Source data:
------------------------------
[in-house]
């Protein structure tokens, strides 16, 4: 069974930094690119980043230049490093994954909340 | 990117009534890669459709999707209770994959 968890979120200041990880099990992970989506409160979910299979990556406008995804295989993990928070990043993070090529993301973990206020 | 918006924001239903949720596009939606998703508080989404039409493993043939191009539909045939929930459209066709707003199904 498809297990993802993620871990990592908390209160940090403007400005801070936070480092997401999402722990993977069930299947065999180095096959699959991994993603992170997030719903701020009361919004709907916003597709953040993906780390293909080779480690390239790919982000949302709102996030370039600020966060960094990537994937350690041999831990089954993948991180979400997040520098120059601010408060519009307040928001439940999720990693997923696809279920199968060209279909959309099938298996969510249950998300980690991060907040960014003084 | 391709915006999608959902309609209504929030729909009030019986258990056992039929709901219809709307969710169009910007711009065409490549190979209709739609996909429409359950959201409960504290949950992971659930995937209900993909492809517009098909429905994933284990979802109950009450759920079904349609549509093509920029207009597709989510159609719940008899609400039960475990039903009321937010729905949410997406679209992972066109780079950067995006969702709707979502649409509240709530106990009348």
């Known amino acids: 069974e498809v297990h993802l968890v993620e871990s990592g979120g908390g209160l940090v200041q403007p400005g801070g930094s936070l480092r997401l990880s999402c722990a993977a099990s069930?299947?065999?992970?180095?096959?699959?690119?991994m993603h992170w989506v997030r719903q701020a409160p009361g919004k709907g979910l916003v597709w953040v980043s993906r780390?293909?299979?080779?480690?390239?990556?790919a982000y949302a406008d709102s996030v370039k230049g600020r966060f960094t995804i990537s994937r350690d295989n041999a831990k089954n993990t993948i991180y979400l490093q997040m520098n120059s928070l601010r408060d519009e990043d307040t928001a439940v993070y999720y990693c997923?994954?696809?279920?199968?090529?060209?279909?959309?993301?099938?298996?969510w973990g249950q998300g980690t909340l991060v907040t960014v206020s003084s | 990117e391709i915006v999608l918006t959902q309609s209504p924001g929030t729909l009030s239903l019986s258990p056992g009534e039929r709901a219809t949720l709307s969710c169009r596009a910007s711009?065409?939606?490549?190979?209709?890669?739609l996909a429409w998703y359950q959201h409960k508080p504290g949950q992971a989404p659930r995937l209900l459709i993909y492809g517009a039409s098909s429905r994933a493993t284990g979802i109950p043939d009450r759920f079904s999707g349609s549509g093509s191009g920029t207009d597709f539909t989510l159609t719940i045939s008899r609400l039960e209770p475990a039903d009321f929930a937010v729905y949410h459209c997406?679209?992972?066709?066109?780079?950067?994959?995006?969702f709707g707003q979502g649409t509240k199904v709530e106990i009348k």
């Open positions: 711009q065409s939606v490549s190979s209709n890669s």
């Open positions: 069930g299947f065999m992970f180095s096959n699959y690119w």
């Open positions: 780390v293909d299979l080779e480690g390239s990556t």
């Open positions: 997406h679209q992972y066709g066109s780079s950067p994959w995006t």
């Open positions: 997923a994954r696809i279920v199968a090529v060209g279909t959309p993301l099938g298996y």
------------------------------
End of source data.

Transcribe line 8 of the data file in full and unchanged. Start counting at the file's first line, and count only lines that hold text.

């Open positions: 997923a994954r696809i279920v199968a090529v060209g279909t959309p993301l099938g298996y």